Those who disparage baseball — and there are many — frequently claim these things to be the very problem with the game. But baseball’s calm and steady nature and its, eventually anyway, slowly-building intensity are features, not bugs. To suggest that the very aspects of baseball which make it unique and enjoyable to so many people constitute its essential problem is to fundamentally misunderstand its essential nature.

That is where Morosi seems to be. In a place where he misunderstands that the WBC and regular season baseball are entirely different things, each of which would not be what it is if it attempted to approximate the other. In his efforts to pit the two against one another and, by extension, to pit the feelings and motivations of the supporters of the two events against one another, and in rush to conclude that one side is sorely lacking, is to miss the bloody point entirely.

CC Sabathia wants to pitch beyond 2017

BOSTON, MA - SEPTEMBER 18: CC Sabathia #52 of the New York Yankees pitches during the fifth inning against the Boston Red Sox at Fenway Park on September 18, 2016 in Boston, Massachusetts. The Red Sox won 5-4. (Photo by Rich Gagnon/Getty Images)
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CC Sabathia‘s contract with the Yankees expires after the 2017 season but the lefty feels that he has enough left in the tank to pitch in 2018 and beyond, Mark Feinsand of the New York Daily News reports.

Sabathia said, “I just know myself. I know I feel like it’s not my time yet. Barring any crazy injuries I know I can pitch past next year. I feel like this is just the beginning of what I’m trying to do. I feel like there’s a lot more still to learn and a lot better to get. It’s exciting.”

The 36-year-old lefty currently holds a 4.02 ERA and a 144/63 K/BB ratio in 172 1/3 innings. It’s his best and healthiest season since 2012. He battled a knee injury last season and checked into rehab for alcohol addiction last October. Sabathia said that being treated for his addiction put him “in a good spot.”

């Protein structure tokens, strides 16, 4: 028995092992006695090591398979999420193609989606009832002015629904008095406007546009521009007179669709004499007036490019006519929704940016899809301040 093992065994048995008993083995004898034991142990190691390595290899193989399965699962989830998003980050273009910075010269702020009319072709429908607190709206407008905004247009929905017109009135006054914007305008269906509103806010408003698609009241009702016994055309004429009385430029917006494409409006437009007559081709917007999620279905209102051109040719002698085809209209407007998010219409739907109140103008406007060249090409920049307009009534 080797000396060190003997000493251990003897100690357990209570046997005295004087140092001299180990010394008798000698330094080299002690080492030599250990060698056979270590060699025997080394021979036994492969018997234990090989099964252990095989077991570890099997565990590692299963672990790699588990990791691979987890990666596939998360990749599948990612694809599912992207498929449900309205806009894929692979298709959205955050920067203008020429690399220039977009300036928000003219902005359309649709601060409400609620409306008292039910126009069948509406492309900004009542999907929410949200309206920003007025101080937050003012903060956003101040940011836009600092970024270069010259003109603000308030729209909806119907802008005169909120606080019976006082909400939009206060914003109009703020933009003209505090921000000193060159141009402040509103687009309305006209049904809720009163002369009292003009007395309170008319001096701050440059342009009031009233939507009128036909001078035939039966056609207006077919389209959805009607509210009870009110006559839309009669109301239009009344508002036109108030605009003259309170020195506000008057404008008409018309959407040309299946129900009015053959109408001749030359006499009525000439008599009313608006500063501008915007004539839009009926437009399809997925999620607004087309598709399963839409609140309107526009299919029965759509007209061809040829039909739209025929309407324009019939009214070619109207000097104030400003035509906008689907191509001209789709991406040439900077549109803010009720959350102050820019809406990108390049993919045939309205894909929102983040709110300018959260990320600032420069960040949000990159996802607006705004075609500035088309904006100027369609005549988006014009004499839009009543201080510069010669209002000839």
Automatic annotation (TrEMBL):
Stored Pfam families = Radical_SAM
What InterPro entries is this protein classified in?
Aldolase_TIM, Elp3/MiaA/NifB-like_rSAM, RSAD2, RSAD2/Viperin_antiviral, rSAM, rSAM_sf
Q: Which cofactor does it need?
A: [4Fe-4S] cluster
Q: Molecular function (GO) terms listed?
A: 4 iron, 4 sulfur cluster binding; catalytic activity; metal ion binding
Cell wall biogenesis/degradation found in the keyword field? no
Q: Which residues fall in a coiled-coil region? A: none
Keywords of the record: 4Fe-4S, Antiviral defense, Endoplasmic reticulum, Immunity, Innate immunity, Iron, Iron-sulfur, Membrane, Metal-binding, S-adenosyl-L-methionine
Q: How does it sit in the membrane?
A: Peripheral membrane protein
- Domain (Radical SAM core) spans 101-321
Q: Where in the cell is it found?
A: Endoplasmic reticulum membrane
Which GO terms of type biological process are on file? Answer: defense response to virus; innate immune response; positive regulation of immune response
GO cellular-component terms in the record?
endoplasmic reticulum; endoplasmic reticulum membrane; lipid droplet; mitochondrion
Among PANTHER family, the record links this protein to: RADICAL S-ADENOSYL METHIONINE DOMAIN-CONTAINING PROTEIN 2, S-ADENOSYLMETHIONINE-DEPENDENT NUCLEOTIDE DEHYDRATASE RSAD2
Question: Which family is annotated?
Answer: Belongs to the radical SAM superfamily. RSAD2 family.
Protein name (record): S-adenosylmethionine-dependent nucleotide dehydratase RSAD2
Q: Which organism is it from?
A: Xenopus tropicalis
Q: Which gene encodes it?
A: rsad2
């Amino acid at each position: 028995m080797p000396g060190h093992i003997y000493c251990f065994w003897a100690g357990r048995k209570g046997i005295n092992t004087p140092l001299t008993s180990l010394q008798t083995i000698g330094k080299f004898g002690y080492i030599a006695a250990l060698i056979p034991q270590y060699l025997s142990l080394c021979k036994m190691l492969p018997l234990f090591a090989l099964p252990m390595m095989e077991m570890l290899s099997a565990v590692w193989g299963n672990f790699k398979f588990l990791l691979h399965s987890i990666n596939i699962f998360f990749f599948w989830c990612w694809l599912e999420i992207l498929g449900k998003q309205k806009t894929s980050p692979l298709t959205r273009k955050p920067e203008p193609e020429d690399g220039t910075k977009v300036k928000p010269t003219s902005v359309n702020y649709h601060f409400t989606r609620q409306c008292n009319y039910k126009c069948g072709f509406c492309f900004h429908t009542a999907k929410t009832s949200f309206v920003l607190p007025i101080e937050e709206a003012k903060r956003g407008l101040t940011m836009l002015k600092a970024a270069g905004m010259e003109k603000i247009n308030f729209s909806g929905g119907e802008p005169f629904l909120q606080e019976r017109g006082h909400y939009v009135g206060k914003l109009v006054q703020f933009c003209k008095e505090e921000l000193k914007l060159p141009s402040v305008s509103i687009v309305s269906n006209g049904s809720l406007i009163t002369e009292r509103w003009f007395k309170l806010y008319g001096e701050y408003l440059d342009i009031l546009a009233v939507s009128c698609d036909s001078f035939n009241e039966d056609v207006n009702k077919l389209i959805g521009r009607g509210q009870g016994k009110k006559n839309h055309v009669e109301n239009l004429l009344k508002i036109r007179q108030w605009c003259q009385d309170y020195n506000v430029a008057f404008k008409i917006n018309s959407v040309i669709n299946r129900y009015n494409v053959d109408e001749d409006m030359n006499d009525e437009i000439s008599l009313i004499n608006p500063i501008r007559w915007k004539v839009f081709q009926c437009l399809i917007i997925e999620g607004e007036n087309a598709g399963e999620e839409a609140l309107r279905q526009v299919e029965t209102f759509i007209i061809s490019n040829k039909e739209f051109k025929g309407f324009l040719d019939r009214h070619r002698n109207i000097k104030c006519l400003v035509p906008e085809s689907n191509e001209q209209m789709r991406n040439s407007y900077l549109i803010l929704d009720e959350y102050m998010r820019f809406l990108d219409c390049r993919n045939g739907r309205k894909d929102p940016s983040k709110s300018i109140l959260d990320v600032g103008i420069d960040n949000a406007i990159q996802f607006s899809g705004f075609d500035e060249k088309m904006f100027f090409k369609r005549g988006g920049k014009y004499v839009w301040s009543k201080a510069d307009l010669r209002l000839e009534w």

Sabathia is owed $25 million through a vesting option for the 2017 season.

Red Sox lose on Mark Teixeira’s walkoff grand slam, but still clinch AL East

NEW YORK, NY - SEPTEMBER 28:  Dustin Pedroia #15 and pinch runner Marco Hernandez #41 of the Boston Red Sox celebrate after both scored in the eighth inning against the New York Yankees at Yankee Stadium on September 28, 2016 in the Bronx borough of New York City.  (Photo by Jim McIsaac/Getty Images)
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The Red Sox can thank the Orioles for not having to fight to clinch the division on Thursday or later. The Orioles came from behind to defeat the Blue Jays 3-2 on Wednesday evening, clinching the AL East for the Red Sox.

A few minutes after that game went final, the Red Sox squandered a 3-0 lead taken in the eighth inning, culminating in a walk-off grand slam by Mark Teixeira in the bottom of the ninth inning. Closer Craig Kimbrel started the ninth, but didn’t have control over any of his pitches. He allowed a leadoff single followed by three consecutive walks to force in a run. Joe Kelly relieved Kimbrel and seemed to be close to wriggling out of the jam, getting Starlin Castro to strike out looking and Didi Gregorius to pop up. But after starting Teixeira with a first-pitch curve ball for a strike, Teixera clobbered a 99 MPH fastball, sending it over the fence in right-center to end the game.

For the Yankees, the come-from-behind victory was crucial as it staved off Wild Card elimination for one more day.

This is the first time the Red Sox have clinched the AL East since 2013, also the last year they won the World Series.